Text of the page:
Everyone loves bubble wrap right? It’s addictive to play with. Assuming you’re one of those people, this video of a hydraulic press taking on 23 feet of bubble wrap will be very satisfying.
Wi-Fi network use will nearly double in homes around the world come 2016, according to new Strategy Analytics research. Already used in some 439 million households worldwide, equivalent to 25% of all households, Wi-Fi home network penetration will expand to 42%, reaching nearly 800 million by 2016, according to the “Broadband and Wi-Fi Households Global Forecast 2012” report.
It also mentions that 61% of US households have Wi-Fi.
Having had Wi-Fi now for a decade (since late 2001), I can’t imagine life without it anymore. It’s liberating being able to put a laptop anywhere and get online at high-speed. Devices like the iPad just make it more so.
Wi-Fi is easy to take for granted. It’s becoming a utility like electricity and water. You just expect it to be there and work when you want it.
Pretty sure I saw this one a while back and forgot to post it, now it’s making the rounds again. If you ever needed instructions for how to make a bouquet of roses out of bacon, the internet has the answer for you.
Roses are red,
Bacon is also red,
Poems are hard,
I don’t mention bacon related things nearly enough on this blog for some reason. I’ll work on that. I happen to like bacon and know a thing or two about it.
The first thing that struck me is that it’s extremely similar to Siri, except it is visual as well as audible. This does serve some benefits (for example directions) as seeing is sometimes easier than having to listen, especially with lots of background noise.
My primary concern that it just isn’t practical for cost reasons still seem justified. Under the present model by wireless providers you’d need to add tethering to your phone’s plan in order to use such a device as there’s no Bluetooth profile that would facilitate most of that, with the exception of making a call like a normal Bluetooth headset. That’s an easy $20-30 a month via AT&T and $20 for Verizon. Given data plans are becoming more stringent, paying more for less data in a few years is entirely possible.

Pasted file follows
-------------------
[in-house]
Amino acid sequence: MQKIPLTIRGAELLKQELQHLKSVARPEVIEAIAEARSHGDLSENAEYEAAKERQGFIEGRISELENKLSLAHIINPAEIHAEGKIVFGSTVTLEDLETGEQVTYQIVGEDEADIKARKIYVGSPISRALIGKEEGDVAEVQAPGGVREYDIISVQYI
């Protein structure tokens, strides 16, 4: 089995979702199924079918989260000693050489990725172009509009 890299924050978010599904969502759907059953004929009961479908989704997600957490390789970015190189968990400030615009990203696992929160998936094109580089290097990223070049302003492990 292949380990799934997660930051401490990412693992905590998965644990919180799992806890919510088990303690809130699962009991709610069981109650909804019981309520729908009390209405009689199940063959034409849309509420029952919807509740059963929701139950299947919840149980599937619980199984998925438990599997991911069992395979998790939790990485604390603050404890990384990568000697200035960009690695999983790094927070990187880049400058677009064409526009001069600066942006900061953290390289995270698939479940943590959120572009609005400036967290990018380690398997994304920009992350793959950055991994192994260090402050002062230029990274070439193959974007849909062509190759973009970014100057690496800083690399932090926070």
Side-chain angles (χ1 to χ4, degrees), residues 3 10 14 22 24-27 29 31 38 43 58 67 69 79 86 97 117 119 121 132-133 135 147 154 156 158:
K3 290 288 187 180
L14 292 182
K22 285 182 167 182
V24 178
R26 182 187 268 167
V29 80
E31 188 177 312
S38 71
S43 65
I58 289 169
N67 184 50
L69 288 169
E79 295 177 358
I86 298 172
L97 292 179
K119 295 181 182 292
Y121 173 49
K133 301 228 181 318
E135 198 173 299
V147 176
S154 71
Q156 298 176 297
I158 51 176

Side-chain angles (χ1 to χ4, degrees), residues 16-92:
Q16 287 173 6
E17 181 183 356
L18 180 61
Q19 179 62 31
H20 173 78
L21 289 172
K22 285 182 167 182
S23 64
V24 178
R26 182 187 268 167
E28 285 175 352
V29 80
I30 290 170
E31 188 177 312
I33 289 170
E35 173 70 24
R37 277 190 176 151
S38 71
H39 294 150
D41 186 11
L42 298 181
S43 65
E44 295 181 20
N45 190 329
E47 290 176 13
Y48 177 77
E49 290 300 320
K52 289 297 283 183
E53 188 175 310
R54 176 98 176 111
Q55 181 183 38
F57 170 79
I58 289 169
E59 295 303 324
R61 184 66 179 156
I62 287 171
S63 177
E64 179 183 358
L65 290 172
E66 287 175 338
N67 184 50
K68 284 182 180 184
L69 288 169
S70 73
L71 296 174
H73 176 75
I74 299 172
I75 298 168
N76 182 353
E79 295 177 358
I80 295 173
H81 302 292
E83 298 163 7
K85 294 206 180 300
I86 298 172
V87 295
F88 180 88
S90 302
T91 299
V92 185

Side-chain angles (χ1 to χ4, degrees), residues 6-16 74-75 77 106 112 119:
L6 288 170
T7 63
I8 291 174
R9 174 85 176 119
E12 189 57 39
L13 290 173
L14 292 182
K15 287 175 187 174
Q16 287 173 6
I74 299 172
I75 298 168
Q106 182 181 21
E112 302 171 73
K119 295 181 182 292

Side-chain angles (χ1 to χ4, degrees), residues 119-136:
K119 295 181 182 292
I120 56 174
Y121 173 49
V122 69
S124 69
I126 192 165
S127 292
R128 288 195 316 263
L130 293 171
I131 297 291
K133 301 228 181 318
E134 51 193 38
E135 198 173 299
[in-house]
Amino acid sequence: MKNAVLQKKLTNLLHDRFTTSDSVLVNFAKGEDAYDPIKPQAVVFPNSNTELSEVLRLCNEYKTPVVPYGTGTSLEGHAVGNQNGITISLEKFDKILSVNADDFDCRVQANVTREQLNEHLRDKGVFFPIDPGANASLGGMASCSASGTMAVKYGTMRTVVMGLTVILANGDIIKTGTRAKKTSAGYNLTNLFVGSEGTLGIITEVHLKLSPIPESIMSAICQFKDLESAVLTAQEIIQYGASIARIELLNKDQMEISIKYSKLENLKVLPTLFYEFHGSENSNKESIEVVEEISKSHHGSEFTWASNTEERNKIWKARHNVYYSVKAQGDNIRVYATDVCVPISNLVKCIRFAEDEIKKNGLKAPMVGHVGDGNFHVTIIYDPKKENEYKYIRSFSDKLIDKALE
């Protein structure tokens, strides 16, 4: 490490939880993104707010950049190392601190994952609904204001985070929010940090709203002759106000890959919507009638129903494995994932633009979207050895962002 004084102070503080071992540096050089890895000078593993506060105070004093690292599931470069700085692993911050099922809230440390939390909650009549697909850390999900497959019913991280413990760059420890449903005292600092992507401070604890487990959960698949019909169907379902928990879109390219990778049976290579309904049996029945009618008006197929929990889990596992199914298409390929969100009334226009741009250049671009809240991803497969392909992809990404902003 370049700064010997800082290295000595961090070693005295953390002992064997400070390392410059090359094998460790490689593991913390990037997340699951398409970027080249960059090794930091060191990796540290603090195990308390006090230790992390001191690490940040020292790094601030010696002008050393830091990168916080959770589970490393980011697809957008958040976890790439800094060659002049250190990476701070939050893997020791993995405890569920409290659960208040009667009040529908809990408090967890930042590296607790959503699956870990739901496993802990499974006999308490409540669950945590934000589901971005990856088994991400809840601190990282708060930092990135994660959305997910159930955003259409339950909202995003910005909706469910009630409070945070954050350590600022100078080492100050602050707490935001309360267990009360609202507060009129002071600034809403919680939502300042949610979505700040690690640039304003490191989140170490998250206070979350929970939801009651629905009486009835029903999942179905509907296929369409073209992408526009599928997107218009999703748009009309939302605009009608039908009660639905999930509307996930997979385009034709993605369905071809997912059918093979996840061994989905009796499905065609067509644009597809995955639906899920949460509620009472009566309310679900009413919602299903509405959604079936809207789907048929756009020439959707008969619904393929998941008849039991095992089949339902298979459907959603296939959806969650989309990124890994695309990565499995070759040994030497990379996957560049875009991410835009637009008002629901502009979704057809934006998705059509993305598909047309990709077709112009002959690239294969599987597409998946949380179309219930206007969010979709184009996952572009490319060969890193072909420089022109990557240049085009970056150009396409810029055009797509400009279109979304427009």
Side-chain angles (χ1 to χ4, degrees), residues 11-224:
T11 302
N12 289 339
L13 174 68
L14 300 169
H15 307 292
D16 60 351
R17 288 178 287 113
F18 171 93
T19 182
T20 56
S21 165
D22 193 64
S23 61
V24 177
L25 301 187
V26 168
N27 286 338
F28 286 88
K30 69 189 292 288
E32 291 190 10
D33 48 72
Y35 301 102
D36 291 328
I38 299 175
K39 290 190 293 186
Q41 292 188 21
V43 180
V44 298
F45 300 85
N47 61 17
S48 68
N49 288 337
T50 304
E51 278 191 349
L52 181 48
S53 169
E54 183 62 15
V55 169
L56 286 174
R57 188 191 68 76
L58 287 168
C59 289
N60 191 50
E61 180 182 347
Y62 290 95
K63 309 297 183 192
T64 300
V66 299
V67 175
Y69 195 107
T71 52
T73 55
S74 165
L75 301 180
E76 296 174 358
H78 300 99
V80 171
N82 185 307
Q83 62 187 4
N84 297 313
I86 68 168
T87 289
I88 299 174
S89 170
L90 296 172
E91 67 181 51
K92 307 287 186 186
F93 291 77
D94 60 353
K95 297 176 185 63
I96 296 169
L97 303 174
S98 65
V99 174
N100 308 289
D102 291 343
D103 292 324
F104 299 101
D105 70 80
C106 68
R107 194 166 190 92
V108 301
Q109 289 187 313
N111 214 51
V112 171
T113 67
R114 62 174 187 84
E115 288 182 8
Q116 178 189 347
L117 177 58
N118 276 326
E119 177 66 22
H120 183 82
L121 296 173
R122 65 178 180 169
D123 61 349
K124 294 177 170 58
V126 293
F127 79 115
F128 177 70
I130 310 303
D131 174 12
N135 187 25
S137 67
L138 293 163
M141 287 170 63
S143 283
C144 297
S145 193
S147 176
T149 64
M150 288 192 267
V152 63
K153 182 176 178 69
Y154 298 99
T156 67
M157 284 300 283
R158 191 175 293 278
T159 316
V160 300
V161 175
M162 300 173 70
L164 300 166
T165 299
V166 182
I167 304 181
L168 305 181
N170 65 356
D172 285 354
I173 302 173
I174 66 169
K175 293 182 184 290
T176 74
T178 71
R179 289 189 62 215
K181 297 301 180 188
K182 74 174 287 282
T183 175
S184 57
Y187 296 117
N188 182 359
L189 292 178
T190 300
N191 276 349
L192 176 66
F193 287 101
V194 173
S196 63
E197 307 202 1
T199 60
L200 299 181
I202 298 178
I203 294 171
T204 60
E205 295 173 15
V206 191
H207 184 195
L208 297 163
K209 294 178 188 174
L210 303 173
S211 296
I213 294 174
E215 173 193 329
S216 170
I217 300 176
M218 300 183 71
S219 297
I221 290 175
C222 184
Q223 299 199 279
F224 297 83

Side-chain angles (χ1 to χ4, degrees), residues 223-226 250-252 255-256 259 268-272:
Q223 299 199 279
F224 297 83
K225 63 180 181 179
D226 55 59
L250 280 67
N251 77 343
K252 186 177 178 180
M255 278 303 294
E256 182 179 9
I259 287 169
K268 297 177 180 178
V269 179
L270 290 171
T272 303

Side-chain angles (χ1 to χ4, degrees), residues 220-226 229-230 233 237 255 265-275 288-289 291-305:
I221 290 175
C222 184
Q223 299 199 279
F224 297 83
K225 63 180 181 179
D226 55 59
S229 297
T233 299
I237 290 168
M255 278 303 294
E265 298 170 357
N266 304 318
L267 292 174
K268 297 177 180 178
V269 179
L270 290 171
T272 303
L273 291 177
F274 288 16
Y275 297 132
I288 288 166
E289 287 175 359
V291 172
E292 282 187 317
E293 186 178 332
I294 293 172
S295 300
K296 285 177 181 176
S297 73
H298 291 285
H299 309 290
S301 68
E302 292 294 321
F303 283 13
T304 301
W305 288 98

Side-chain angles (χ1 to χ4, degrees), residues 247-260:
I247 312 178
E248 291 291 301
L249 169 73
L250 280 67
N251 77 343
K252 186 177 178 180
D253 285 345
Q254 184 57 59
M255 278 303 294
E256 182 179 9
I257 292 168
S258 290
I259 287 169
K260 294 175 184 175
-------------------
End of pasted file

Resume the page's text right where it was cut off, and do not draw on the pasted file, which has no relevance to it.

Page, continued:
I’d bet Apple is working on something similar (how could they not be?), but will either use a proprietary Bluetooth profile or an entirely different radio for the purpose. I can’t imagine Apple shipping something that looks like Google’s device does either. It looks too much like eyeglasses and goes across the entire face to provide a tiny screen to one eye. I’d see a Bluetooth headset (Apple had one in the past) with an extremely thin boom and screen. Perhaps gyroscopically balanced (this sounds like a long shot for many reasons). The whole over the face thing seems reminiscent of when cell phones were 60% keyboard.
I’ve been digging into Mac OS X’s sometimes unstable WiFi connections for a while now, and have come to the conclusion that the Broadcom drivers in Mac OS X 10.6+ are either too fussy or just buggy in particular when dealing with 802.11n.
Apple’s iOS drivers seem to be different as few people see the same issues across Mac OS X and iOS. On the hardware side, the iPad 3 and iPhone 4S use a Broadcom BCM4330, while the slightly older iPhone 4 uses a BCM4750. MacBook, MacBook Pro, Air use a Broadcom BCM4331 these days. Some older ones (pre-2010 I believe) used Atheros AR5008. As you can see the hardware is pretty similar suggesting software as the discrepancy. Despite using a Darwin based OS it makes sense to have slightly different drivers. These devices have very different needs in terms of data usage patterns and power consumption. iOS devices seem to use less power than their OS X based counterparts. That makes perfect sense. The question is how does this impact connectivity and what can we do about it?
Apple has recommendations for iOS. For the most part these are universally good recommendations, however I’ve found a few things to be different: